An alternative to natural reduction is to manually reduce. Manual reduction of twins to a single has been reported to be up to 96% successful between days 13 and 16. Manual reduction involves the manual squeezing of the smallest embryo, identified by ultrasound, either between the thumb and forefinger or by using the scanner probe to push the conceptus against the uterine wall and pelvis until the vesicle ruptures. This is best done prior to fixation (Day18) so is normally carried out at initial scanning Days11-12. After fixation the manual reduction of bilateral twins can still be very successful but reduction of unilateral twins runs a higher risk of loosing the whole pregnancy. Other methods of manual reduction at later stage of pregnancy (after Day 40) have been reported such as ultrasound guided allantocentesis and transabdominal foetal cardiac puncture, but have not proved as sucsuccessful as early manual reduction.

Figure 2. The appearance of twins on an early ultrasonic scanning picture. Note the two dark spheres indicating two embryonic vesicles. 

iv) Treat with PGF2a

An alternative to manual reduction of one twin is to artificially induce abortion of the whole pregnancy and recover the mare at the next advanced oestrus. Abortion and subsequent return to oestrus and ovulation can be induced using a single injection of PGF2a, multiple injections may be required later on in pregnancy. Abortion can be induced prior to the next expected oestrus, ie before Day21 of pregnancy. This is often done at the time of first scanning which may be as early as Day11. In which case the mare’s return to pregnancy post abortion may be delayed by only 15 days or so. Alternatively, the pregnancy may be allowed to progress longer in the hope that natural reduction may occur before PGF2a is required. However, if a rapid return to oestrus is required then PGF2a must be administered prior to the development of the endometrial cups at Day40.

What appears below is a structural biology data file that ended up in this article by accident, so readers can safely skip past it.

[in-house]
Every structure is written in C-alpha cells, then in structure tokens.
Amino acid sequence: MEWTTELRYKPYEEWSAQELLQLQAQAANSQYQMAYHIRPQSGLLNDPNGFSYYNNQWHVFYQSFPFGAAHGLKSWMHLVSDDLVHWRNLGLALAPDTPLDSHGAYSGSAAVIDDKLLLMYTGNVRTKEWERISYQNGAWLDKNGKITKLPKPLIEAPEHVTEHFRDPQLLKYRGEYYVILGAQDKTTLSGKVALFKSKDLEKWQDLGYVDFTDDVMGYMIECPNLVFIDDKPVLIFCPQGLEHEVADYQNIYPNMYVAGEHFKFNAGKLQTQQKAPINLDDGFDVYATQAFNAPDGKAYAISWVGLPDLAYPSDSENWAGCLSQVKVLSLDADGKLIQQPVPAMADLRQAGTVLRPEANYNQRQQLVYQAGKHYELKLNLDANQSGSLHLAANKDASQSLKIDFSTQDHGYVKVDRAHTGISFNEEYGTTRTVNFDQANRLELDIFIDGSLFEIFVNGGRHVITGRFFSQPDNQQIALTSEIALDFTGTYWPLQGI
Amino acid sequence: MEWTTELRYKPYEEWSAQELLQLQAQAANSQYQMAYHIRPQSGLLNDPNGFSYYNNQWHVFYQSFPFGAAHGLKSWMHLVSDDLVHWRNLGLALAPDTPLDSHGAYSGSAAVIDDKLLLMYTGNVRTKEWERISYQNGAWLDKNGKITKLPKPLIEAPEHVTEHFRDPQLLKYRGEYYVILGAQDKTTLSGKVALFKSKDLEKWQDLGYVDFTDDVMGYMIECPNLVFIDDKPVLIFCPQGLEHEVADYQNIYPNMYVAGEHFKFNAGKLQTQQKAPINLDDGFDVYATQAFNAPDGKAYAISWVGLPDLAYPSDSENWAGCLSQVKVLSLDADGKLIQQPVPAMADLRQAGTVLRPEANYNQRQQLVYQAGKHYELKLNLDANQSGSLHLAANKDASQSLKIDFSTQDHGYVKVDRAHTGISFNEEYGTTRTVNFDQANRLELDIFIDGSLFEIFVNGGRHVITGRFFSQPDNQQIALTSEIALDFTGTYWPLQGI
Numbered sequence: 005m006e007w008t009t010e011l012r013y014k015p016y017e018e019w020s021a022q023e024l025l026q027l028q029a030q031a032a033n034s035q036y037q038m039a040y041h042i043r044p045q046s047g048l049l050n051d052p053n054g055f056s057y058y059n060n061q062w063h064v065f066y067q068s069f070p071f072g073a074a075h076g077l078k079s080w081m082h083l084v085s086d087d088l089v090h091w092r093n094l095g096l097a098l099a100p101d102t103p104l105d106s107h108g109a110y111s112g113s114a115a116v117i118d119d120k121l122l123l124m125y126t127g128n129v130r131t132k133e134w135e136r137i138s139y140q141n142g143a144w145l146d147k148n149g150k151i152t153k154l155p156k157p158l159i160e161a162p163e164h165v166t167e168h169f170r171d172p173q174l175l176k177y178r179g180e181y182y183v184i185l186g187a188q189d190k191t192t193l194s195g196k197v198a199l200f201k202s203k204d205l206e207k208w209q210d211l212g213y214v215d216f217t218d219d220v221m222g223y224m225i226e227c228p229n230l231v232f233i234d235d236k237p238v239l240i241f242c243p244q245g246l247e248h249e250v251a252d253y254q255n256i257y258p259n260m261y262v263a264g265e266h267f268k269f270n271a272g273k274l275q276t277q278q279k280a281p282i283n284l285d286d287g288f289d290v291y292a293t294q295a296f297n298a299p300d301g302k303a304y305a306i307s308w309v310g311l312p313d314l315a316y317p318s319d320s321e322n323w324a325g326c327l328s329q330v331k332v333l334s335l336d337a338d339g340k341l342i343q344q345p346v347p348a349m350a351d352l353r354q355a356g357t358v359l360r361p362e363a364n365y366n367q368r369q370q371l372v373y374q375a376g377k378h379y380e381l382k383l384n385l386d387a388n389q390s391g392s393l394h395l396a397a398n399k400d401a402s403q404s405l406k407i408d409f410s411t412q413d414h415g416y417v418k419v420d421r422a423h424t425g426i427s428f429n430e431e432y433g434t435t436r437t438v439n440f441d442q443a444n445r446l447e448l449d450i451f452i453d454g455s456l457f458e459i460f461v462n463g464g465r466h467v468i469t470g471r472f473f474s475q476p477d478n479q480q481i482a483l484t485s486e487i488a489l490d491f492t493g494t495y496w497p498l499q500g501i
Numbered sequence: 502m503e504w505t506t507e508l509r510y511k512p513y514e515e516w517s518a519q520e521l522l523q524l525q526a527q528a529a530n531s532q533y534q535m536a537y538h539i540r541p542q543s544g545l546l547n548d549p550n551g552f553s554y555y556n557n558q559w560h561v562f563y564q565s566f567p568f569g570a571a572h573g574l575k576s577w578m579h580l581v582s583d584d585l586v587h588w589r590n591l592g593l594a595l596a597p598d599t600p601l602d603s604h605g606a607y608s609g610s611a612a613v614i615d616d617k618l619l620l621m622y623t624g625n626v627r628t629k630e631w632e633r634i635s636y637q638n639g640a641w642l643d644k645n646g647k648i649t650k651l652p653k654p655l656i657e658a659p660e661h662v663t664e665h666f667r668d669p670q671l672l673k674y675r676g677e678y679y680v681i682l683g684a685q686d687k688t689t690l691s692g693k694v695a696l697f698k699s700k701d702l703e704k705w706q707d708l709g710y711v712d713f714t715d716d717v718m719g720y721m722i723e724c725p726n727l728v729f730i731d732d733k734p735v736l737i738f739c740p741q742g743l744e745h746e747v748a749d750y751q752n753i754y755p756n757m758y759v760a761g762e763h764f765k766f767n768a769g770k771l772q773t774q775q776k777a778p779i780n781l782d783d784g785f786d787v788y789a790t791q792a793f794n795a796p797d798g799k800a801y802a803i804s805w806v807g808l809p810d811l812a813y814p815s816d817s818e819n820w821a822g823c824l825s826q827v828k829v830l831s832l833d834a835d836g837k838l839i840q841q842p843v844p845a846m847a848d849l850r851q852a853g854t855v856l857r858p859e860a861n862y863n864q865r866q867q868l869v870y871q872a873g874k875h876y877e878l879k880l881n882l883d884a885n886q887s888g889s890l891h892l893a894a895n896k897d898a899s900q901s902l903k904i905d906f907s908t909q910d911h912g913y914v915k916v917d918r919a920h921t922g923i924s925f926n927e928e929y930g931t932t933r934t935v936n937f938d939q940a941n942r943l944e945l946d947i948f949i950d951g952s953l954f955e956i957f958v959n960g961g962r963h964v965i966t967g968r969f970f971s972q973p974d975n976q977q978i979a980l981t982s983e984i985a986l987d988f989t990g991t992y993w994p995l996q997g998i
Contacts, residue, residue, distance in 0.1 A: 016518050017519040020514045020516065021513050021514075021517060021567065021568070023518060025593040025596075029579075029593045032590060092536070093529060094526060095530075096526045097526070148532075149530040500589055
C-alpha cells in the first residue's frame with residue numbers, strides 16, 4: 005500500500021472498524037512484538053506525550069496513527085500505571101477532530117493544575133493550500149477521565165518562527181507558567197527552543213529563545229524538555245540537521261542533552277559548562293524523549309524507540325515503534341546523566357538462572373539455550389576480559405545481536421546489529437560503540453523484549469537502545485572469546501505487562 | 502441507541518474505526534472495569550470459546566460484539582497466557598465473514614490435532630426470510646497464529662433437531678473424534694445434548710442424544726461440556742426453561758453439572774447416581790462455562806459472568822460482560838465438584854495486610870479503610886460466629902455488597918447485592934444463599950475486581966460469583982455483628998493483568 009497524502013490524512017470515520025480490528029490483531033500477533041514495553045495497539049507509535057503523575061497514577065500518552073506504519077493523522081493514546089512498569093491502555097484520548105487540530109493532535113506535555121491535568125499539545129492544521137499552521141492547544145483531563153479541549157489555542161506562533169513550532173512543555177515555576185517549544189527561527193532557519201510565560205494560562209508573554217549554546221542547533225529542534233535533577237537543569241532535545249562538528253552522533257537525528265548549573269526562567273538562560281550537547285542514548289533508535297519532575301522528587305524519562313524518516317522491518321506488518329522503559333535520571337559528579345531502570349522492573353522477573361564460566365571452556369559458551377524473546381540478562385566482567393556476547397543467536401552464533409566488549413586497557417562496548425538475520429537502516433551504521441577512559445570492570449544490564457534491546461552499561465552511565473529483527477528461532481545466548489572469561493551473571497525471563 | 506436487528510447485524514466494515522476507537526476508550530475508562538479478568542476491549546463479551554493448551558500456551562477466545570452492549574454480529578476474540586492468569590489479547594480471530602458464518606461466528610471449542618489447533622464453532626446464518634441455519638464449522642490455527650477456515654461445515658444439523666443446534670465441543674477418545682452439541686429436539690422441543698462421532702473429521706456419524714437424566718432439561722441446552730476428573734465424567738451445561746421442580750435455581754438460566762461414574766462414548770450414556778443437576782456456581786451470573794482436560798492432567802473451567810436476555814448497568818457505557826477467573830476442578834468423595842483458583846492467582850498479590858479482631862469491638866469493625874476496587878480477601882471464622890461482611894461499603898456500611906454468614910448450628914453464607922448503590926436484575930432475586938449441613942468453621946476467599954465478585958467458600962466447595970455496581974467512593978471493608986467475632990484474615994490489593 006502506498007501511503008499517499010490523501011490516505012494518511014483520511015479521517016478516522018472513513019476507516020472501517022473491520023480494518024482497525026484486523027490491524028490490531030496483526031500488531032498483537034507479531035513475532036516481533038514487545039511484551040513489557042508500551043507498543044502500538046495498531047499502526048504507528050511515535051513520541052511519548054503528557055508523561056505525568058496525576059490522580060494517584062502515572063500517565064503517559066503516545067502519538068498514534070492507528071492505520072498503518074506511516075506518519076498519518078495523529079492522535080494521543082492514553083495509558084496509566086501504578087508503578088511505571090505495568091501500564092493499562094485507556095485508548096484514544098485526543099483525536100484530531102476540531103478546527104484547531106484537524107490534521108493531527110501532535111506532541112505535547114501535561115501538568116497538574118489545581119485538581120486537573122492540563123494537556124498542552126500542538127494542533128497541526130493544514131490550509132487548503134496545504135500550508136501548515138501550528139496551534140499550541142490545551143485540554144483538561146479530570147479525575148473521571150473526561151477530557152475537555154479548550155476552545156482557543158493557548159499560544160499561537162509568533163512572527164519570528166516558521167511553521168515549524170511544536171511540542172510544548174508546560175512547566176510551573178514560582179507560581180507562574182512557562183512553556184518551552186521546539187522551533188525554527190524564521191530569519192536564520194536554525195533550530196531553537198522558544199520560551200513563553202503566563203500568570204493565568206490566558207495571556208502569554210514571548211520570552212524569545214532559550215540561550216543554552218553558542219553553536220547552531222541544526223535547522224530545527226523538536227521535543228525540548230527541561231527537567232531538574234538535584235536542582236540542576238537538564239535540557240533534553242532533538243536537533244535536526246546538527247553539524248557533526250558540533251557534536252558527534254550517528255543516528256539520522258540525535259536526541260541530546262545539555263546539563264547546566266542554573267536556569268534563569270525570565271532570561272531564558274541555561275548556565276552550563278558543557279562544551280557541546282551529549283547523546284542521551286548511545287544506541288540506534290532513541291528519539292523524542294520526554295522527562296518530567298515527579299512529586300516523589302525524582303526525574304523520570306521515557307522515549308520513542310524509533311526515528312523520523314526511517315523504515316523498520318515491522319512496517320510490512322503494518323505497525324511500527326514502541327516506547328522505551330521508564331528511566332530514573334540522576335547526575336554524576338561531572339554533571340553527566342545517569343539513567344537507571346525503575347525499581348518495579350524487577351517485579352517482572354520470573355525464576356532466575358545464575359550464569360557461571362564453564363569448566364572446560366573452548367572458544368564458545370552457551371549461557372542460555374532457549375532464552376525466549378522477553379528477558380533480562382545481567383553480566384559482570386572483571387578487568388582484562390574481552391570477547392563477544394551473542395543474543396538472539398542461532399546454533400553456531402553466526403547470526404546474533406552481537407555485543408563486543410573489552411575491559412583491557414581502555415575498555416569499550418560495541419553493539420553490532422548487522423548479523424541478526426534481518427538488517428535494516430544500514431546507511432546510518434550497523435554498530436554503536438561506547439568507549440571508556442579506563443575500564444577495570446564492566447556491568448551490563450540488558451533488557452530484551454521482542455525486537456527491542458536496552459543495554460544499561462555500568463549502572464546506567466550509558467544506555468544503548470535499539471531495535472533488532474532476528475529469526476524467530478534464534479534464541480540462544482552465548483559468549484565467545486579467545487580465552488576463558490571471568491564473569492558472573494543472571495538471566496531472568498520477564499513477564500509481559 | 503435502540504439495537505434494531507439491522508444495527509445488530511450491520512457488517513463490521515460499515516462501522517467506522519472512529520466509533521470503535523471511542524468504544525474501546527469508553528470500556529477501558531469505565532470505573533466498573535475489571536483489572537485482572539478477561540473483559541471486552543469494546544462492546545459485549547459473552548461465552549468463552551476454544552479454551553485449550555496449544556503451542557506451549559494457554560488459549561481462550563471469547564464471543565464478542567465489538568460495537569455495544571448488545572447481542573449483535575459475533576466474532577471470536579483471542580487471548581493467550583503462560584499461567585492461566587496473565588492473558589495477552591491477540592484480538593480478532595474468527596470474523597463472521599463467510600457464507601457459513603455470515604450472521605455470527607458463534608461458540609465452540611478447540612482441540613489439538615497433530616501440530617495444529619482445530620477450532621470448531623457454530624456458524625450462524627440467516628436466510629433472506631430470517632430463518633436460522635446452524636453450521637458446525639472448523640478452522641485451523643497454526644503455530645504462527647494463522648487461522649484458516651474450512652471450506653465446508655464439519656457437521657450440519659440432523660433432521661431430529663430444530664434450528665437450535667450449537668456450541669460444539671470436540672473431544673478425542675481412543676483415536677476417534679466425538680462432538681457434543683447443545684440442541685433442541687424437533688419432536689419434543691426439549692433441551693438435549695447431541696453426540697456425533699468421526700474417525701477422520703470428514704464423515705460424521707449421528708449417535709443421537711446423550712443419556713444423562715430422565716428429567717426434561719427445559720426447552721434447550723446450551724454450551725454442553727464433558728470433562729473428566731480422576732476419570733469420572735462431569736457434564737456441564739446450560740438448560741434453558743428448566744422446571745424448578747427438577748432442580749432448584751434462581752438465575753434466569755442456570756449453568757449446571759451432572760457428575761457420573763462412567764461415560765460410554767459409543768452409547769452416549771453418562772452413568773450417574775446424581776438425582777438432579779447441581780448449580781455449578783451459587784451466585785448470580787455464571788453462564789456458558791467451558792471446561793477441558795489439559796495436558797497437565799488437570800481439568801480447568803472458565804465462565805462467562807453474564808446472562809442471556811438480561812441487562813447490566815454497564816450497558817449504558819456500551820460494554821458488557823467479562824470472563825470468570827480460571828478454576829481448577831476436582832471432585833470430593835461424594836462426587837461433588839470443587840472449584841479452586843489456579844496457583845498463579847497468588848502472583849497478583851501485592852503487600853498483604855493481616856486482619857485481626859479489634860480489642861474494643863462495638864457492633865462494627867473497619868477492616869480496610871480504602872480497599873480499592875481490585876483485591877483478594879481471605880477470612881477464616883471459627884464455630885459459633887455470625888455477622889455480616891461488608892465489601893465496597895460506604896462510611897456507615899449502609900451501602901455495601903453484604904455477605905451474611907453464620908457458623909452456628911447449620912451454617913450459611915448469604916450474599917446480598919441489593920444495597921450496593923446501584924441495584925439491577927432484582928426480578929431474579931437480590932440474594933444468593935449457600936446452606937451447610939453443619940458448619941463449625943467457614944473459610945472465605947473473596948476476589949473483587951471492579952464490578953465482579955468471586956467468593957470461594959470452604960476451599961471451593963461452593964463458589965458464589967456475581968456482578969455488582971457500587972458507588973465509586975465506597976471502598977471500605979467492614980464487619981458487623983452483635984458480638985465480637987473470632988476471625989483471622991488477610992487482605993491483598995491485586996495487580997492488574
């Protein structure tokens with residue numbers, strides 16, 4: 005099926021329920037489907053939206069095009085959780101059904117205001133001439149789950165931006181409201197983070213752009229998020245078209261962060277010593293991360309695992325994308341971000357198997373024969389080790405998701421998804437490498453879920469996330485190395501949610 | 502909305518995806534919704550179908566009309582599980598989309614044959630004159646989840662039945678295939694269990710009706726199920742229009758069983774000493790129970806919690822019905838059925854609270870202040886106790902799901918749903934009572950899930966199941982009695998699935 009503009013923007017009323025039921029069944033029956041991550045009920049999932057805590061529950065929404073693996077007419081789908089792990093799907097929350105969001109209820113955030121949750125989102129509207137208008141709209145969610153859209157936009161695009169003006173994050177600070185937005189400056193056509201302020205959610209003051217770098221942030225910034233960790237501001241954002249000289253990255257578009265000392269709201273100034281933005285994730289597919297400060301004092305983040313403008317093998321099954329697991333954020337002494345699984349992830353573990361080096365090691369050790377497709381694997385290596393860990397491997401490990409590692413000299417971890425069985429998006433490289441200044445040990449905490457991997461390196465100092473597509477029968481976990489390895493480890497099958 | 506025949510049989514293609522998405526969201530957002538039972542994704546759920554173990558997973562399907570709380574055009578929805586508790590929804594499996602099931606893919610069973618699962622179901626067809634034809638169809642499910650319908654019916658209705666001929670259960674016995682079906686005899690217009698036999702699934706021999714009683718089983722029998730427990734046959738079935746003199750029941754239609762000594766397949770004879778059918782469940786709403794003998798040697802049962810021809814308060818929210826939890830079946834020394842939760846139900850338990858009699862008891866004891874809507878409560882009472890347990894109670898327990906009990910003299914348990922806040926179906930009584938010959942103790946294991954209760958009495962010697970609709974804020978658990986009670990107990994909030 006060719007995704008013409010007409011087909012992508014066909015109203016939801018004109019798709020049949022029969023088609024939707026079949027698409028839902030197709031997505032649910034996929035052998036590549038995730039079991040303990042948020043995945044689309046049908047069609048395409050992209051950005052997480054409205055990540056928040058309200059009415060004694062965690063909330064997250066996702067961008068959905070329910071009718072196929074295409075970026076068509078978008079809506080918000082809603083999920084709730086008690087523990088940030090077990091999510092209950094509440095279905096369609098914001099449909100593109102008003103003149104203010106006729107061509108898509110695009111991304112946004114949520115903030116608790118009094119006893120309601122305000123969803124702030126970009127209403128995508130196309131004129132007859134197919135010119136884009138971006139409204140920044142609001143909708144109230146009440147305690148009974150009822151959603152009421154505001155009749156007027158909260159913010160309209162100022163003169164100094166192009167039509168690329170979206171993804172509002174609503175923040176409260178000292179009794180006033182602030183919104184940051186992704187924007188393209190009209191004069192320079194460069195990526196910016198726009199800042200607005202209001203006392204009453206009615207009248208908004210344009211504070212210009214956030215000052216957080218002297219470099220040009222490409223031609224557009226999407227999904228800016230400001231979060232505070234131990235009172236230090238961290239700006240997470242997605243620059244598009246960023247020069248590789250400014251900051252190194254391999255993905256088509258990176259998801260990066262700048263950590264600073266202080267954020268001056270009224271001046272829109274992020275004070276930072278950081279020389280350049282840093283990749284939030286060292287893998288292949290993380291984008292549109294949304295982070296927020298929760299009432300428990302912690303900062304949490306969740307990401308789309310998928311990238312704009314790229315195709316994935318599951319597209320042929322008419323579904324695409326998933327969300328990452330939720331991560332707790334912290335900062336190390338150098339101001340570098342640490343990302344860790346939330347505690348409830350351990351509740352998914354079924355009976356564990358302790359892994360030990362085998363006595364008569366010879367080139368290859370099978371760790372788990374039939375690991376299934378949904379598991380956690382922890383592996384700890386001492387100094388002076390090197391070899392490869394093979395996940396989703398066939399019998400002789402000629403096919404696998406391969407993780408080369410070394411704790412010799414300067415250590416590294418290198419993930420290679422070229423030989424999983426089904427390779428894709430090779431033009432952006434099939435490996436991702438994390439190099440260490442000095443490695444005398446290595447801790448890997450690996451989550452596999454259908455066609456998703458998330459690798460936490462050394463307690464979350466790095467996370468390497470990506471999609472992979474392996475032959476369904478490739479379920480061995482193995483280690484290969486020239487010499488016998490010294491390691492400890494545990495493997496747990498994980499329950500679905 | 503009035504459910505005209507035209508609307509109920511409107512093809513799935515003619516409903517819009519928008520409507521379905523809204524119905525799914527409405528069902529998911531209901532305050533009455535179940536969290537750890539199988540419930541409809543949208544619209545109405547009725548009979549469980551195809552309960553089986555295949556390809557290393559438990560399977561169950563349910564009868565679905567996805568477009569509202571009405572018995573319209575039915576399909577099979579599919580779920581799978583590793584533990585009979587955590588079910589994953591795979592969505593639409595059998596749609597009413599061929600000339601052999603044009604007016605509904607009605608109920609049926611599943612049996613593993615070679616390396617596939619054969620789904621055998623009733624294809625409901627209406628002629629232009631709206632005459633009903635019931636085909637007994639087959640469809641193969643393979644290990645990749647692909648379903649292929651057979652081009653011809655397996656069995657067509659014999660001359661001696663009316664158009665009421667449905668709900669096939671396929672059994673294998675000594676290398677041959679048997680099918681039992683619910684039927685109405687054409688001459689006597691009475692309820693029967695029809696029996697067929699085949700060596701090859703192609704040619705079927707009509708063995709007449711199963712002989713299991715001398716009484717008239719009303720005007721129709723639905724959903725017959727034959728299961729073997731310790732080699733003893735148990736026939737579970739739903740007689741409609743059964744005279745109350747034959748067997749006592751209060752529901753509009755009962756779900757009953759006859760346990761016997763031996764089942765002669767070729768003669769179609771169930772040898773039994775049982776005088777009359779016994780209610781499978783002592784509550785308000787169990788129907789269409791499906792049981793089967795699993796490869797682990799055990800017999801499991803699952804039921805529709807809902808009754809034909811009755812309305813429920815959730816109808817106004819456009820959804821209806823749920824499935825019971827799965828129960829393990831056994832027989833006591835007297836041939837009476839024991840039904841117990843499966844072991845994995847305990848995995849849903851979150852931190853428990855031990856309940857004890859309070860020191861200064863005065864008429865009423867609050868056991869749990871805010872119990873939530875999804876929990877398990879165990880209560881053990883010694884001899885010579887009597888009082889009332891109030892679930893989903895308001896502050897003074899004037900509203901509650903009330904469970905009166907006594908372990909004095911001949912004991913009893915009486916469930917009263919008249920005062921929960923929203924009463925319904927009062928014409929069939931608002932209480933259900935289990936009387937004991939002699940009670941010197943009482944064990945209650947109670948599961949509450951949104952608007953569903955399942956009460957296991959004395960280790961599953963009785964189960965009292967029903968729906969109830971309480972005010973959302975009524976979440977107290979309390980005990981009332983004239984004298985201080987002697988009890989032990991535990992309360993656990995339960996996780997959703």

The high incidence of twin pregnancies is of considerable concern. The advent of modern techniques such as ultrasonic scanning and hormone therapy allows us to effectively manage mares with twin conceptuses. However, the industry must be aware that in allowing mares that habitually throw twin pregnancies to reproduce, the trait for twinning is being perpetuated within the equine population and with it the need for human intervention.

*If you are interested in helping current research into the neurochemistry of equine stereotypy, veterinarians or horse-owners in the unfortunate position of having to put down either stereotypy or non-stereotypy animals can donate brain material by contacting The University of Wales Aberystwyth on 01970 621690 or by e-mailing sdm@aber.ac.uk


Dr. Mina Davies Morel

{ Dr. Mina Davies Morel is responsible for the Masters in Equine Science at The University of Wales, Aberystwyth. More information about the course and others like it can be found by clicking on the link here: http://www.wirs.aber.ac.uk/brochure/msc_equine_science.shtml }